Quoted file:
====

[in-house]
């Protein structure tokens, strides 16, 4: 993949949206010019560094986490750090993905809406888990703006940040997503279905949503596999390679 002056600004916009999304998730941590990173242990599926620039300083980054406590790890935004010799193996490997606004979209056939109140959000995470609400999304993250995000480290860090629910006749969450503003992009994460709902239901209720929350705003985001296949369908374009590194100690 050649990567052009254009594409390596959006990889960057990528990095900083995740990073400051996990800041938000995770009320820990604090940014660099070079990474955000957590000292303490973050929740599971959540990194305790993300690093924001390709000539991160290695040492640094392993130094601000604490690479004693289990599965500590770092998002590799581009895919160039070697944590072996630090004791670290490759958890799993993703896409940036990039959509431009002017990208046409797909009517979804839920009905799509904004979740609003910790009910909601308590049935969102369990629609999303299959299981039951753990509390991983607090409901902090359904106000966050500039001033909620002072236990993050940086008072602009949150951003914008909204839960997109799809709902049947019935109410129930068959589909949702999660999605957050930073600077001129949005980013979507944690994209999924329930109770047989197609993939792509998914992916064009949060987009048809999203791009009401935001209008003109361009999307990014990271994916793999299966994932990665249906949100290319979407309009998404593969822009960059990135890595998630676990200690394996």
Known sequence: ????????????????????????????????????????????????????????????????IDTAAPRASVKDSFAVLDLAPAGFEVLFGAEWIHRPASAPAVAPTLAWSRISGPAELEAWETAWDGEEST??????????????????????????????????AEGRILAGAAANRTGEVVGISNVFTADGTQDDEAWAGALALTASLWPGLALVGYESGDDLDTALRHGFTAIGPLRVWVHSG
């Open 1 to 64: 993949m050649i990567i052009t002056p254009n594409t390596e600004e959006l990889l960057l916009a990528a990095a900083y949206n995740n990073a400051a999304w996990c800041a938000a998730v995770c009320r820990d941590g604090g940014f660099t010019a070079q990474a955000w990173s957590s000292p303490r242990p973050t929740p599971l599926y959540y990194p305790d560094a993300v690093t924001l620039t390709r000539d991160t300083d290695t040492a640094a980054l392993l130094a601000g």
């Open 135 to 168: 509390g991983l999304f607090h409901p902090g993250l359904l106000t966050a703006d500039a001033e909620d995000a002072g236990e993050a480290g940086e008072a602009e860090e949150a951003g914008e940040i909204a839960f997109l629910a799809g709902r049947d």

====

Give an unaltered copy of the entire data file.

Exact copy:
[in-house]
């Protein structure tokens, strides 16, 4: 993949949206010019560094986490750090993905809406888990703006940040997503279905949503596999390679 002056600004916009999304998730941590990173242990599926620039300083980054406590790890935004010799193996490997606004979209056939109140959000995470609400999304993250995000480290860090629910006749969450503003992009994460709902239901209720929350705003985001296949369908374009590194100690 050649990567052009254009594409390596959006990889960057990528990095900083995740990073400051996990800041938000995770009320820990604090940014660099070079990474955000957590000292303490973050929740599971959540990194305790993300690093924001390709000539991160290695040492640094392993130094601000604490690479004693289990599965500590770092998002590799581009895919160039070697944590072996630090004791670290490759958890799993993703896409940036990039959509431009002017990208046409797909009517979804839920009905799509904004979740609003910790009910909601308590049935969102369990629609999303299959299981039951753990509390991983607090409901902090359904106000966050500039001033909620002072236990993050940086008072602009949150951003914008909204839960997109799809709902049947019935109410129930068959589909949702999660999605957050930073600077001129949005980013979507944690994209999924329930109770047989197609993939792509998914992916064009949060987009048809999203791009009401935001209008003109361009999307990014990271994916793999299966994932990665249906949100290319979407309009998404593969822009960059990135890595998630676990200690394996």
Known sequence: ????????????????????????????????????????????????????????????????IDTAAPRASVKDSFAVLDLAPAGFEVLFGAEWIHRPASAPAVAPTLAWSRISGPAELEAWETAWDGEEST??????????????????????????????????AEGRILAGAAANRTGEVVGISNVFTADGTQDDEAWAGALALTASLWPGLALVGYESGDDLDTALRHGFTAIGPLRVWVHSG
């Open 1 to 64: 993949m050649i990567i052009t002056p254009n594409t390596e600004e959006l990889l960057l916009a990528a990095a900083y949206n995740n990073a400051a999304w996990c800041a938000a998730v995770c009320r820990d941590g604090g940014f660099t010019a070079q990474a955000w990173s957590s000292p303490r242990p973050t929740p599971l599926y959540y990194p305790d560094a993300v690093t924001l620039t390709r000539d991160t300083d290695t040492a640094a980054l392993l130094a601000g």
């Open 135 to 168: 509390g991983l999304f607090h409901p902090g993250l359904l106000t966050a703006d500039a001033e909620d995000a002072g236990e993050a480290g940086e008072a602009e860090e949150a951003g914008e940040i909204a839960f997109l629910a799809g709902r049947d």